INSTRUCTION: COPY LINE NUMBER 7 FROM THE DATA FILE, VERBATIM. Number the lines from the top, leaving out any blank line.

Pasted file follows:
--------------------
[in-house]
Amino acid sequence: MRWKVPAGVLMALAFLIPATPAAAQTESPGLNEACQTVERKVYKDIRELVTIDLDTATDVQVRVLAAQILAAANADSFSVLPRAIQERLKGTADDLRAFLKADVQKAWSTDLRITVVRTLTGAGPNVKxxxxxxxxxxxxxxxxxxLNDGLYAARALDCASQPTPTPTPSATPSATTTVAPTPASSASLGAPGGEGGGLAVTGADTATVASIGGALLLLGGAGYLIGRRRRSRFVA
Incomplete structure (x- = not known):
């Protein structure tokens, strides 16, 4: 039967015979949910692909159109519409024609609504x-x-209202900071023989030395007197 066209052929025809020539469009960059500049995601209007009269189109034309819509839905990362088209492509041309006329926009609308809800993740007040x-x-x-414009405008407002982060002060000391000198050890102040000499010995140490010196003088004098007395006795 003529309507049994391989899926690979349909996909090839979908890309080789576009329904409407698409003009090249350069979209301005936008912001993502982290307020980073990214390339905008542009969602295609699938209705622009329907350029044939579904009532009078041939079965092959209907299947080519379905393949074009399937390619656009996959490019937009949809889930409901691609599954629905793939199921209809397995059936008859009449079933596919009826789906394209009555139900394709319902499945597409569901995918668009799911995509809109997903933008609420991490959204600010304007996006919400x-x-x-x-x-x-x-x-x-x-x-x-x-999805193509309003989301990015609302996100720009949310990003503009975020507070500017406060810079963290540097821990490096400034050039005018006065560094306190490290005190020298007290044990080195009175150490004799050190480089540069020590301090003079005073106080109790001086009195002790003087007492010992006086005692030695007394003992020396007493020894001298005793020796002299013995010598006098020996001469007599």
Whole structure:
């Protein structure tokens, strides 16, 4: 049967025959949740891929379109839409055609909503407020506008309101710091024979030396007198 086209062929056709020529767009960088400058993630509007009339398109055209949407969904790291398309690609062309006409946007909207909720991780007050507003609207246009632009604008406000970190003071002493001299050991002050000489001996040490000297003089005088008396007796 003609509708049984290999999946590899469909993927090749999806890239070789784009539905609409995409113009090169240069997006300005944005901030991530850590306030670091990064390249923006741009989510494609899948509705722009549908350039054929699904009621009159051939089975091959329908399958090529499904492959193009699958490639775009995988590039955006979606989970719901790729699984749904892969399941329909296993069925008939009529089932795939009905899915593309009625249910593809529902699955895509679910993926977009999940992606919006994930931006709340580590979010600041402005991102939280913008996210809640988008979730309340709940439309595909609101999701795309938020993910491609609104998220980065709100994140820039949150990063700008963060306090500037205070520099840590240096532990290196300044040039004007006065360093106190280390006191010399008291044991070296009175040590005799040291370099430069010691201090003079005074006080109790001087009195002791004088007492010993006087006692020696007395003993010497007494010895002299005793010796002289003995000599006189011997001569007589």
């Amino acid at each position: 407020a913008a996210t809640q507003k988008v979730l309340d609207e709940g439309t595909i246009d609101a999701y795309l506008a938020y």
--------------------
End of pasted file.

């Amino acid at each position: 407020a913008a996210t809640q507003k988008v979730l309340d609207e709940g439309t595909i246009d609101a999701y795309l506008a938020y």